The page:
Midnight Days: A Taste of Neil Gaiman’s Early Work

Sandman: Midnight Theatre
Vertigo Comics

I’ll be honest. When Neil Gaiman reveals he was just twenty-four when he began writing for DC and that most of the scribing he did was after midnight, I felt a connection since I am also twenty-four. I also attempted to give his stories some justice by only reading through them late at night, but I haven’t been making it to midnight. I’ve been crashing early and reading Days around 11:30 p.m. at the latest.

Nonetheless, Days, a mulligan’s stew of sorts, was written early in Gaiman’s career and contains several stories, the first few of which occur in the Swamp Thing comics magazine. Ever since I saw a cover of SWAMP THING #34, lovingly painted by Stephen Bissette, when I was twelve, I had wanted to read a Swamp Thing story. The image’s romanticism sucked me in with both an anti-traditional superhero quality and a fiercely trusting human quality, even though Swamp Thing’s costume is his ever-evolving plant matter construction and only resembles the human form in profile.

That said, the first story has a time-traveling Swamp Thing appearing in England during one of the Bubonic plagues. He is relaying events he has experienced to a dying victim. The whole while he is contemplating his own existence living in a world he can destroy and create, living among humans who are dying and that he can do nothing to help. In the end, after turning the victim into a tree and planting him in the ground (which being my first skirmish with Swamp Thing’s powers, I found probably a little too cool), Alec Holland still has no answers.

The next story follows a re-emergence of that bizarre hippie rag-doll come to life, Brother Power the Geek, also in a Swamp Thing story line. Apparently, then-Governor of California Ronald Reagan decided to shoot Brother Power up into space in a capsule after the hippie ran for Congress. Twenty-something years later, it’s 1991 and Brother Power’s vessel is hurtling back toward Earth. The US Government is furious; they have two heroes on the payroll, one of whom is named Steel (aptly titled considering he has a metal hand) and another who is an ex-hippie who rounds up a pregnant Abby Holland – Swamp Thing’s wife –.because the Feds think that Brother is an elemental like Swamp Thing and think she might be able to help.

Subsequently, they hire another elemental, Firestorm the Nuclear Man, to destroy Brother’s incoming ship. Firestorm’s powers have little if any effect on Brother’s arrival and his ship plunges into the city of Tampa, Florida, destroying part of it on impact. He emerges as happy-go-lucky as ever but ends up being shot by a police officer, only to re-emerge the size of a small downtown building and continues his unintentional plunder of the city.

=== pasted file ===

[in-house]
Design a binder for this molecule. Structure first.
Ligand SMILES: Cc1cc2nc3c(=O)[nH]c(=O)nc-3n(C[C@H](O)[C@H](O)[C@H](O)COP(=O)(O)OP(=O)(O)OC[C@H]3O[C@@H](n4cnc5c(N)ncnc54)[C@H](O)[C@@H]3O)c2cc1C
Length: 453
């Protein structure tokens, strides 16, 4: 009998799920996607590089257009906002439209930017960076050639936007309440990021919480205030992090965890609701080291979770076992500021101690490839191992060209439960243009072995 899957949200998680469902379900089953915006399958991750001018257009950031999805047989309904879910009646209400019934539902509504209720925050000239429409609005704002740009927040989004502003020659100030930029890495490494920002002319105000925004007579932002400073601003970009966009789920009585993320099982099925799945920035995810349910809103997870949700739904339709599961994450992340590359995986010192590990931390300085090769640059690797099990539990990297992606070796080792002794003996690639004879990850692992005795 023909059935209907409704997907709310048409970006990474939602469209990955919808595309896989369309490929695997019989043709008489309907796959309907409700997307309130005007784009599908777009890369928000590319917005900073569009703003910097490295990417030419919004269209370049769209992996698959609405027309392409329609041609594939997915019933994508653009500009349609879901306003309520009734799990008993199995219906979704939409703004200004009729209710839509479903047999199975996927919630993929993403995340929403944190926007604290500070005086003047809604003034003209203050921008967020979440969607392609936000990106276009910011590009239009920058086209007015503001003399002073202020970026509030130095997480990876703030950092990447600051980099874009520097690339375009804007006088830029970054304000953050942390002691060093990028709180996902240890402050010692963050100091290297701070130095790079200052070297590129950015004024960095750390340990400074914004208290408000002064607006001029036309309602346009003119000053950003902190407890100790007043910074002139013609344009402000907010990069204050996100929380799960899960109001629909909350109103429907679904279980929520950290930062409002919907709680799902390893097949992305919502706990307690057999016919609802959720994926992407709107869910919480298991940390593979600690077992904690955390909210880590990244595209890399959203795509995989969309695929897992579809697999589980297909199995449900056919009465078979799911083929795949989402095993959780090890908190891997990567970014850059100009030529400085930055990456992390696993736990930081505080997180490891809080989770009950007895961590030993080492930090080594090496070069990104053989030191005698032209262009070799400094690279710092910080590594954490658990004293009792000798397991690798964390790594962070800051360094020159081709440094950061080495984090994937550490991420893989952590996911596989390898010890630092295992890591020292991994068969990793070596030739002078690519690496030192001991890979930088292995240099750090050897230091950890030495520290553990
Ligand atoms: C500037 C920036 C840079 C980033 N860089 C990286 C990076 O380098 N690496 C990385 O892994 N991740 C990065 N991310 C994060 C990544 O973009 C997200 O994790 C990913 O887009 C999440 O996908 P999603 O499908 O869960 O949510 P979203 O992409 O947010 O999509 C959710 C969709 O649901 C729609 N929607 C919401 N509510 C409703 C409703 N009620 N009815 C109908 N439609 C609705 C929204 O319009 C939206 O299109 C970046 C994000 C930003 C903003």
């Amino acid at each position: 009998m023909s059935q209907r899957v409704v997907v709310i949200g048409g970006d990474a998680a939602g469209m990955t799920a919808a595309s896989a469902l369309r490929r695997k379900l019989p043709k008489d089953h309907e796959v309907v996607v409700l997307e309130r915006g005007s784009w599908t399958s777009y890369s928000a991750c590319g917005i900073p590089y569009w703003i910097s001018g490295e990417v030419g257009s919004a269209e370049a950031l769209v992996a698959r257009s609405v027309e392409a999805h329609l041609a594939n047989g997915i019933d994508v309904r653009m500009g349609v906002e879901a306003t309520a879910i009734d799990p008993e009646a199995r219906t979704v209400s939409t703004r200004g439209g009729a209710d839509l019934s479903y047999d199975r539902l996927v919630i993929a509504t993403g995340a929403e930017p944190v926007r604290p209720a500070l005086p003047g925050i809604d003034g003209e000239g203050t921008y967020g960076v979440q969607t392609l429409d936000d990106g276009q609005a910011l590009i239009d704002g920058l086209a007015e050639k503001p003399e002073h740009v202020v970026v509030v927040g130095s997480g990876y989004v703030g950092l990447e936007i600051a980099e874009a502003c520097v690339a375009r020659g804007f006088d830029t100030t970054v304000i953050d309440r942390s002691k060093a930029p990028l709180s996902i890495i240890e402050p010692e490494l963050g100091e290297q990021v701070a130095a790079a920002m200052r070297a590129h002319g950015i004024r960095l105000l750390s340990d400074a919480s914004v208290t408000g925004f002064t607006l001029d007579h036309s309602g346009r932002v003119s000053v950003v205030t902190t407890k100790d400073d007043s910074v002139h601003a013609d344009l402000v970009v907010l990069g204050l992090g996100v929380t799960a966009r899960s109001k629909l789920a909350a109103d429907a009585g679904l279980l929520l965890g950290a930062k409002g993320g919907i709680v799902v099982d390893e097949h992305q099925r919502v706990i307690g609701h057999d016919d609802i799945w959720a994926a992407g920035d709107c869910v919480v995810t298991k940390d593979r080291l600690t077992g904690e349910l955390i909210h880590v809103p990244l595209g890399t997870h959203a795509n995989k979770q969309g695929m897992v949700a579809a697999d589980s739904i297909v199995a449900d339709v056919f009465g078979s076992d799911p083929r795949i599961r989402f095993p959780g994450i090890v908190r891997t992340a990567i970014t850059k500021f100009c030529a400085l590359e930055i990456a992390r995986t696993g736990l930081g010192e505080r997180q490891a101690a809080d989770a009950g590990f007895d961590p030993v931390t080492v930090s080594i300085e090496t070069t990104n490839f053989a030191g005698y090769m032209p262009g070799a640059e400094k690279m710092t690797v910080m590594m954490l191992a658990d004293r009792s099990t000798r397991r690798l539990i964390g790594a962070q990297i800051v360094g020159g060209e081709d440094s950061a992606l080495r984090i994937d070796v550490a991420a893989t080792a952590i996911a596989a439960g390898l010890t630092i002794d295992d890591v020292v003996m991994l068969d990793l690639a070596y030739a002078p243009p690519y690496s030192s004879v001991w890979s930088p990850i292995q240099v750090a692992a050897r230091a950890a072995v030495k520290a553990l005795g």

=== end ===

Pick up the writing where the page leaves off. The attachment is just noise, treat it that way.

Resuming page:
While in his massive size, Brother finds a kindred spirit in Chester, one of Abby’s friends who convinces the rag doll to continue his pursuit of beneficial humanitarian goals as a traditionally sized human, upon which the story ends shortly thereafter, with optimistic updates on the three protagonists.

“Shaggy God Stories,” the next tale in the collection, is the last of the Swamp Thing stories and is plain bizarre, with a small plant like-person – Woodrue – who pines to Forest Lords, giant plant-like people, about his own existence by examining certain religious myths from Islam, Christianity and Buddhism. In the end, Woodrue is just as ignorant as he was when he went to seek his answers. All I can say is that the artwork was done inventively and I enjoyed the religious prodding. Mike Mingola’s art on this story is the first in this collection that really was memorable with uncertain, angular character lines filled with mainly greens and browns but also plenty of reds, yellows, blues, oranges and even some purples.

Next up is “Hold Me,” a Hellblazer tale that is grittily, enjoyably, excessively crosshatched by Dave McKean. Due partially to its brevity, but mainly to the artwork, this is my favorite story. John Constantine, the primary concern of the Hellblazer series, is invited to visit with a friend of a friend Anthea, who first comes on to him; he soon realizes all she wants is his sperm so she and her lesbian lover can procreate. Constantine is pissed. He has already been tapped by Abby and Alec Holland for his micro-men and he is feeling a little used. I’ve never read any other Hellblazer story, but I’d imagine with a title like that, Constantine doesn’t have much time to not be pissed.

After promptly leaving Anthea’s pad, he encounters a little girl whose mother has been killed by a zombie who had hugged her. Constantine in the meantime leaves the little girl in custody of Anthea, temporarily fulfilling her child-wish and seeks the zombie, finds him and hugs him. The zombie disappears after being hugged back. Constantine puts down his tough-guy in a trench coat persona and rushes to ask Anthea to hug him back. The end. How sweet.

The collection ends with a reprint of Sandman Midnight Theatre, where Dream of the Endless, the modern Sandman, sends the Golden Age Sandman, Wesley Dodds, to London hot on the trail of a cat burglar named Cannon. In the meantime, Dodds is also chasing his partially estranged girlfriend, Dian. Although Teddy Kristansen’s painted artwork is quite simply breathtaking and there are some genuinely poignant moments between various characters, as a whole Sandman Midnight Theatre – like the rest of Midnight Days – is generally a straight bore. How can I summarize a story that takes up a third of the graphic novel’s 288 page girth with only a few sentences? Well I just did. Midnight Days put me to sleep faster than anything I’ve read since I was in college. This book must only be for the hardcore Gaiman fans.